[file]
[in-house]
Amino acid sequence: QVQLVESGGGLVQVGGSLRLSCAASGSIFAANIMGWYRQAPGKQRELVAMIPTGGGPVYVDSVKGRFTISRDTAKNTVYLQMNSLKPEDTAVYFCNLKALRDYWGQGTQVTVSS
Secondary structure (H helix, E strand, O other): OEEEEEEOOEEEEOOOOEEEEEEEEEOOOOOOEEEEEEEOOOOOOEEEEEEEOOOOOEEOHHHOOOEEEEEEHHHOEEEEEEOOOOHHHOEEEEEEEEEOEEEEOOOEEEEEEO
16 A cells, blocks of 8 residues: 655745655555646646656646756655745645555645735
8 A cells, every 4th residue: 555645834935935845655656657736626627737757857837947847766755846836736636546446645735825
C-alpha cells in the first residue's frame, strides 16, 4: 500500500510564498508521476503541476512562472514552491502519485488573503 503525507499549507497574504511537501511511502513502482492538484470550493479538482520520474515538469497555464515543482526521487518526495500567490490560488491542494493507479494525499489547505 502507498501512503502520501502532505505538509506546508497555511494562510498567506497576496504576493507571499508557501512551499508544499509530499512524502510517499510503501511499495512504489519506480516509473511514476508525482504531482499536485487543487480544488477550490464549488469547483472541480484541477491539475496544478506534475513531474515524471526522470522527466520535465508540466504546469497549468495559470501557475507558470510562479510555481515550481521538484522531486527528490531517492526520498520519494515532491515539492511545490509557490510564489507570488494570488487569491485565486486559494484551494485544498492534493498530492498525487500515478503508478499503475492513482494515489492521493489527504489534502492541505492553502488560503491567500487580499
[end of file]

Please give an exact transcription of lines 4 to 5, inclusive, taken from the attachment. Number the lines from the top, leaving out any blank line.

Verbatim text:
16 A cells, blocks of 8 residues: 655745655555646646656646756655745645555645735
8 A cells, every 4th residue: 555645834935935845655656657736626627737757857837947847766755846836736636546446645735825